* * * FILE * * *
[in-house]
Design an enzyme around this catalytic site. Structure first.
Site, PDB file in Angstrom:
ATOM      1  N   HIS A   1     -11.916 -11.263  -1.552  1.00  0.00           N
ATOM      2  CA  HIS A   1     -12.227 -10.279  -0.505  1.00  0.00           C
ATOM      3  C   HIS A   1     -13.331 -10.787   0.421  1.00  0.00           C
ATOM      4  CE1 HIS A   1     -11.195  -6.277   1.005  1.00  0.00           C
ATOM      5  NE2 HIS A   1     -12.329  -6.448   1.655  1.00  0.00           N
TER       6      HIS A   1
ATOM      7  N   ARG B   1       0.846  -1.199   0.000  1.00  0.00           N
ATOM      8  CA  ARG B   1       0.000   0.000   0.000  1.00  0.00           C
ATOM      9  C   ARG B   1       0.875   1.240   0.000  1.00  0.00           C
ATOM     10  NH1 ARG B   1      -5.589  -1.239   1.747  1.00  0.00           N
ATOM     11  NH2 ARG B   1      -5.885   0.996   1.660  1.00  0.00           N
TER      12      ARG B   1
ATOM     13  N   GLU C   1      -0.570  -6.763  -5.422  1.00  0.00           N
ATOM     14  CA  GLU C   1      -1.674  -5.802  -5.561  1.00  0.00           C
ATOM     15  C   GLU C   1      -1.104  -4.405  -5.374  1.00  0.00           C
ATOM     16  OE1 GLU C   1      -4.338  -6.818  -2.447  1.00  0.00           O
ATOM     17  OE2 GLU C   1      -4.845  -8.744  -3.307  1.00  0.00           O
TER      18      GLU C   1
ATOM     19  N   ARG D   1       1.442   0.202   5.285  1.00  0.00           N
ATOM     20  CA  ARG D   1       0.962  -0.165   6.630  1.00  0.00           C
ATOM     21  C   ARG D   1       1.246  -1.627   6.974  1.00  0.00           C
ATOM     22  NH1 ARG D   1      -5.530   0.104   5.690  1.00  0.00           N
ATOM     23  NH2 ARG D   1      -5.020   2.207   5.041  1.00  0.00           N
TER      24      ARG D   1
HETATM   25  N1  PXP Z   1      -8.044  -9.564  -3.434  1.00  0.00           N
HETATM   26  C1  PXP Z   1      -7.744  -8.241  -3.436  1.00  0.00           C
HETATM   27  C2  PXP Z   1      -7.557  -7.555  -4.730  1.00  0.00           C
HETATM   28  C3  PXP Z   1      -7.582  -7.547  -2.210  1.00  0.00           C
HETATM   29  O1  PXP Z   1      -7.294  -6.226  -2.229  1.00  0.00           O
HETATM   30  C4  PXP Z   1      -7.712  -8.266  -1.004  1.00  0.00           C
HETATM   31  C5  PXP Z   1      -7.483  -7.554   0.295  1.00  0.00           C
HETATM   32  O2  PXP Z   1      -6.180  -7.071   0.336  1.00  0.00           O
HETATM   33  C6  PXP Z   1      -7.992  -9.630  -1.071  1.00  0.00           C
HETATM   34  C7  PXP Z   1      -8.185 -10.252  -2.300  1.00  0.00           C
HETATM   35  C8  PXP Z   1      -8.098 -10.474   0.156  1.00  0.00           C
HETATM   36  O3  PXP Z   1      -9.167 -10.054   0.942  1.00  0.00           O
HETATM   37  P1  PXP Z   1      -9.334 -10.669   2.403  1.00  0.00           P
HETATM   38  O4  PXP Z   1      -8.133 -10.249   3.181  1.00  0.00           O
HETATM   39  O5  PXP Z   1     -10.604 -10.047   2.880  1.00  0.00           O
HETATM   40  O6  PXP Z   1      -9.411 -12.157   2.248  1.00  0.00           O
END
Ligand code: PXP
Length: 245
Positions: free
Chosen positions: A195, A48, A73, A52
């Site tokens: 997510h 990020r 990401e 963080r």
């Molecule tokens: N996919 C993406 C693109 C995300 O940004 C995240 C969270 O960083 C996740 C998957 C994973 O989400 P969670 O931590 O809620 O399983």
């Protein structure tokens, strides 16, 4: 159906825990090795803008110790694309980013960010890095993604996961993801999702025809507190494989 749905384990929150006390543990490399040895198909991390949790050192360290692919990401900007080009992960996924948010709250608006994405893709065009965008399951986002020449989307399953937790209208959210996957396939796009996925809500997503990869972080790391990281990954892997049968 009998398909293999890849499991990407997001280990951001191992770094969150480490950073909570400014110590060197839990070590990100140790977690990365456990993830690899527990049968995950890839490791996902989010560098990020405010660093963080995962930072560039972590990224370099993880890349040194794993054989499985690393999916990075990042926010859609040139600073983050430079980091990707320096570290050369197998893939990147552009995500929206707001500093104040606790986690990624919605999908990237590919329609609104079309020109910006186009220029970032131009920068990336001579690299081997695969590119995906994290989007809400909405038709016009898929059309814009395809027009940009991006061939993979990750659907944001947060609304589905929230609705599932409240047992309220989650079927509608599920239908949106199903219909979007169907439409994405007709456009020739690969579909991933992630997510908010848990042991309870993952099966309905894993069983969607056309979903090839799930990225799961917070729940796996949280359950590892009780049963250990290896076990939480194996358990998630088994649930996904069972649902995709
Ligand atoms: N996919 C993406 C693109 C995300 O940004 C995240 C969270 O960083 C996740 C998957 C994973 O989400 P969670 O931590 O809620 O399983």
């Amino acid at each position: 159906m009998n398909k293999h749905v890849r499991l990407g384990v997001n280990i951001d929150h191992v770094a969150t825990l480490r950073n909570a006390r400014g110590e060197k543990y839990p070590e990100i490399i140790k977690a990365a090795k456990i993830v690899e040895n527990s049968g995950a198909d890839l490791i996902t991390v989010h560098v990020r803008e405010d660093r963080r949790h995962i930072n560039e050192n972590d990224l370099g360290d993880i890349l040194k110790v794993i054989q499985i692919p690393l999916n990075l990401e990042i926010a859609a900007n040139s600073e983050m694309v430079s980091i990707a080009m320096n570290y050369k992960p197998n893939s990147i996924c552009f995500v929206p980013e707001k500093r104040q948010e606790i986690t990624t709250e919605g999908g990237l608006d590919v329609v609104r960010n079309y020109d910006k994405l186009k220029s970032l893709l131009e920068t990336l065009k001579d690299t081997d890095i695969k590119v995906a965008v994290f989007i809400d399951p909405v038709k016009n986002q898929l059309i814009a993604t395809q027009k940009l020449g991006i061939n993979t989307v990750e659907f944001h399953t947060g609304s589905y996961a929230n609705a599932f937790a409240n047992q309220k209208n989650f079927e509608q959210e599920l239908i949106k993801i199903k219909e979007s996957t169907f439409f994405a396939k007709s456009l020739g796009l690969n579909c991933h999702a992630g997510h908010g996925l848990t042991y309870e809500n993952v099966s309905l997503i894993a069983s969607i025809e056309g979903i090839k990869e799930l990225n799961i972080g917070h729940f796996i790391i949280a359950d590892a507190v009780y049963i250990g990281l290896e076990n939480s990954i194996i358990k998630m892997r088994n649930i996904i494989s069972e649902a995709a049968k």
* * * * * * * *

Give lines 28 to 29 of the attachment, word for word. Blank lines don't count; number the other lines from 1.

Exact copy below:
HETATM   25  N1  PXP Z   1      -8.044  -9.564  -3.434  1.00  0.00           N
HETATM   26  C1  PXP Z   1      -7.744  -8.241  -3.436  1.00  0.00           C